2 / Kazimir Malevich (1879, Kiev – 1935, Leningrad) – artist and philosopher, founder of Suprematism

3 / See Thing. Gegenstand. Objet. №3. Berlin, May 1922, p. 1.
El Lissitzky, (Lazar Markovich Lissitzky) (1890, Pochinok, Smolensk Province – 1941, Moscow) – architect, photographer, graphic artist, poster designer, and theorist of design

4 / Konstantin Stepanovich Melnikov (1890, Moscow – 1974, Moscow) – architect-innovator of the 1920s and 1930s, the creator of the Rusakov Club (1929, Moscow)

5/ Ilya Aleksandrovich Golosov (1883, Moscow – 1945, Moscow) – Soviet architect, the creator of the Zuev Club, built in the constructivist style (1927-29, Moscow)

6 / Ludwig Mies van der Rohe (1886, Aachen – 1969, Chicago) – one of the directors of the Bauhaus, architect who worked in the “international style”, creator of the “Glass House” (1946 – 1951, Plano, Illinois)

7/ Frank Lloyd Wright (1867, Richland Center, Wisconsin – 1959, Phoenix, Arizona) – architect and designer, creator of the “House above a waterfall” (1935-39, Pennsylvania)

8/ Henri Matisse (1869, Le Cateau-Cambrai, Nord-Pas-de-Calais – 1954, Nice) – painter, graphic artist, sculptor, one of the leaders of Modernist painting

9/ Kazimir Malevich. Suprematism. From the “Catalogue of the Tenth State exhibition. Non-objective Art and Suprematism” / Kazimir Malevich. Selected works, v.1. M Gilea, 1995, p.150.

10 / Sergei M. Eisenstein (1898, Riga – 1948, Moscow) – filmmaker, film theorist

11/ Francisco Infante-Arana (1943, Vasilyevka, Saratov Region) – photographer, kinetic artist, land-artist, author of “artefacts” – man-made objects placed in nature

12/ Georges Rousse (born 1947, Paris) – an artist who works in photography, makes installations in abandoned and derelict buildings and photographs them

13/ Bernard Voigt (b. 1960 Cully, Switzerland) – photographer and sculptor, who works with the perception of space

14 / Jean-Baptiste-Siméon Chardin (1699, Paris – 1779, Paris) – genre painter and author of the still-lifes, master of scenes with objects, such as the “Attributes of the Arts” (1766)

15 / Louis Jacques Mandé Daguerre (1787, Cormeilles-en-Parisis, Ile-de-France – 1851, Bry-sur-Marne, Ile-de-France) – creator of the first commercially popular photographic process, the daguerreotype

16 / William Henry Fox Talbot (1800, Lacock Abbey, Wiltshire – 1877, Lacock Abbey, Wiltshire) – inventor of photography (1835), including the negative-positive process (1839)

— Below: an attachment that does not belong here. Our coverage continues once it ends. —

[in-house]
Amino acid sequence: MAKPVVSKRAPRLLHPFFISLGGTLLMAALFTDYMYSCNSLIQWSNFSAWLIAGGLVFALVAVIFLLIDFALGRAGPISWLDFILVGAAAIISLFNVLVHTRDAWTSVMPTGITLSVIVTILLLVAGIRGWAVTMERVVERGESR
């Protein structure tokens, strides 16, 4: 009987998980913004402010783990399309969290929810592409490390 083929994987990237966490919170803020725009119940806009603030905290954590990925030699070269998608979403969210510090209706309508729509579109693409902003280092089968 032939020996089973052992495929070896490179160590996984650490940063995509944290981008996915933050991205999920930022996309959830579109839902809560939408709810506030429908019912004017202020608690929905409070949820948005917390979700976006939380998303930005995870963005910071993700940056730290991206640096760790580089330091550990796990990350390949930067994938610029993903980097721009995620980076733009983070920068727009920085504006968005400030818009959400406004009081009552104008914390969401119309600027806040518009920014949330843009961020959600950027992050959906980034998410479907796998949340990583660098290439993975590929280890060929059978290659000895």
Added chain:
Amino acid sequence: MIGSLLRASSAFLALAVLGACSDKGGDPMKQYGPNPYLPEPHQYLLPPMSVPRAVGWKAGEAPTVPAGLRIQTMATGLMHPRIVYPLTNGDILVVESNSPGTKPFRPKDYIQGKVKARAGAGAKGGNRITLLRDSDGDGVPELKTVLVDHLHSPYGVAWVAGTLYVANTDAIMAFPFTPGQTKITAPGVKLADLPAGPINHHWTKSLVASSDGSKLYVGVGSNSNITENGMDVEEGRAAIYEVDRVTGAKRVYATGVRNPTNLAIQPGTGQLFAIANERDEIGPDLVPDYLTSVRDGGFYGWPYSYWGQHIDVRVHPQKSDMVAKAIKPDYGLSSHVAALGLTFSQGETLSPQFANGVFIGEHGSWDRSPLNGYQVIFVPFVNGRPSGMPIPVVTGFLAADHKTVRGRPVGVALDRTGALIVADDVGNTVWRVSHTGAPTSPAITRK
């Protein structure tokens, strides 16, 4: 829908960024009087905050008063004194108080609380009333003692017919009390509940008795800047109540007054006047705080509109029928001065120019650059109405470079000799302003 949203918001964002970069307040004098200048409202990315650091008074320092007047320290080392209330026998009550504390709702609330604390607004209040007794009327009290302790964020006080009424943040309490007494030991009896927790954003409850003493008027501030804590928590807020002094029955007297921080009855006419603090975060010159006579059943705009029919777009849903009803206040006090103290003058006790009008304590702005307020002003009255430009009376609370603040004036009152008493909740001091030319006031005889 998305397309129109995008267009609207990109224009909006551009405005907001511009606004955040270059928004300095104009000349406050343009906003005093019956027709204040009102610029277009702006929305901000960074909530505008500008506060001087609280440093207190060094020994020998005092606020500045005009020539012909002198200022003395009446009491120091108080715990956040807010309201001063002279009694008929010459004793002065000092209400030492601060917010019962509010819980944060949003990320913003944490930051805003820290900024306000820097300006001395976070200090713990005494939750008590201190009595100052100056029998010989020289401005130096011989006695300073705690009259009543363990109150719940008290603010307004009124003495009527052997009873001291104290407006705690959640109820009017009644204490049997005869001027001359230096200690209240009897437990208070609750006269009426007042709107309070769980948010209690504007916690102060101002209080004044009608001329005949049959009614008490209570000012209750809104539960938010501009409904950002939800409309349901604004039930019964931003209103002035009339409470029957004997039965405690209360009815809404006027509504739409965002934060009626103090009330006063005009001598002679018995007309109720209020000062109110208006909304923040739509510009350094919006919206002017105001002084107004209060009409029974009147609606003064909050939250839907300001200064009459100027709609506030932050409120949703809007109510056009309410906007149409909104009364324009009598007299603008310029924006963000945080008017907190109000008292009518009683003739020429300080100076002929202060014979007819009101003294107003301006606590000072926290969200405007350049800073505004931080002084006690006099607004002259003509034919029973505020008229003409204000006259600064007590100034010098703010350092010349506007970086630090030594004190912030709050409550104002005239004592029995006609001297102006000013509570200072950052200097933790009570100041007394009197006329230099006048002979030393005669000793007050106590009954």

17 / August Sander (1876, Herdorf, Rhineland – 1964, Cologne) – photographer and author of the mega-project “People of the 20th Century”

18 / Dmitri Ivanovich Mendeleev (1834, Tobolsk – 1907, St. Petersburg) – scientist, discovered the Periodic Law of chemical elements (1869)

19 / Zeitgenossen. August Sander und die Kunstszene der 20er Jahre im Rheinland. Göttingen, Steidl, 2000, p. 29.

20 / In: Ben Lifson. Eugène Atget / Eugène Atget. Cologne, Könemann, 1997, p. 10.

21 / Jean-Eugène-Auguste Atget (1857, Libourne, Gironde department – 1927, Paris) –Paris Photographer

22 / Bernhard (“Bernd”) Becher (1931, Siegen, Westphalia – 2007, Düsseldorf) and Hilla Becher (née Hilla Wobeser, 1934, Potsdam, Brandenburg) – the duo of photographers, the founders of “Düsseldorf School of Photography”

23 / See Maria Müller. Bernd et Hilla Becher: “Notre œuvre ... est infinite”/ Objectivites. La Photographie à Düsseldorf. Munich, Schirmer / Mosel Verlag, 2008, p.191.

24 / Sergei Sergeyevich Prokofiev (1891, Sontsovka, Ekaterinoslav Province – 1953, Moscow) – composer, pianist and conductor

25 / Anton Pavlovich Chekhov (1860, Taganrog, Ekaterinoslav Province – 1904, Badenweiler, Baden-Württemberg) – Russian dramatist, author of the play “Uncle Vanya”

26 / Le Corbusier (Charles-Edouard Jeanneret-Gris) (1887, La Chaux-de-Fonds, Switzerland – 1965, Roquebrune-Cap-Martin, France) – Architect who worked in the “international style”, painter, designer, journalist, creator of the “Unité d’Habitation of Marseilles” (1947-1952)

27 / Anna Blume (née Anna Helming, 1937, Bork, North Rhine – Westphalia) and Bernhard Johannes Blume (1937, Dortmund – 2011, Cologne) – husband and wife team of art photographers, authors of the project “Transcendental Constructivism”

28 / Walter Benjamin (1892, Berlin – 1940, Port-Bou, Spain) – philosopher, art historian, literary critic, author of the essay “The Work of Art in the Age of Mechanical Reproduction” (1936)

29/ Leo Nikolaevich Tolstoy (1828, Yasnaya Polyana, Tula Province – 1910, Astapovo Ryazan Province) – Russian prose writer, essayist, religious philosopher

30 / Aleksei Maximovich Peshkov, primarily known as Maxim (Maksim) Gorky, (1868, Nizhny Novgorod – 1936, Gorki, Moscow Region) – Russian novelist, playwright, essayist

Translation by P. Glebov and  R. O’Dowd 2013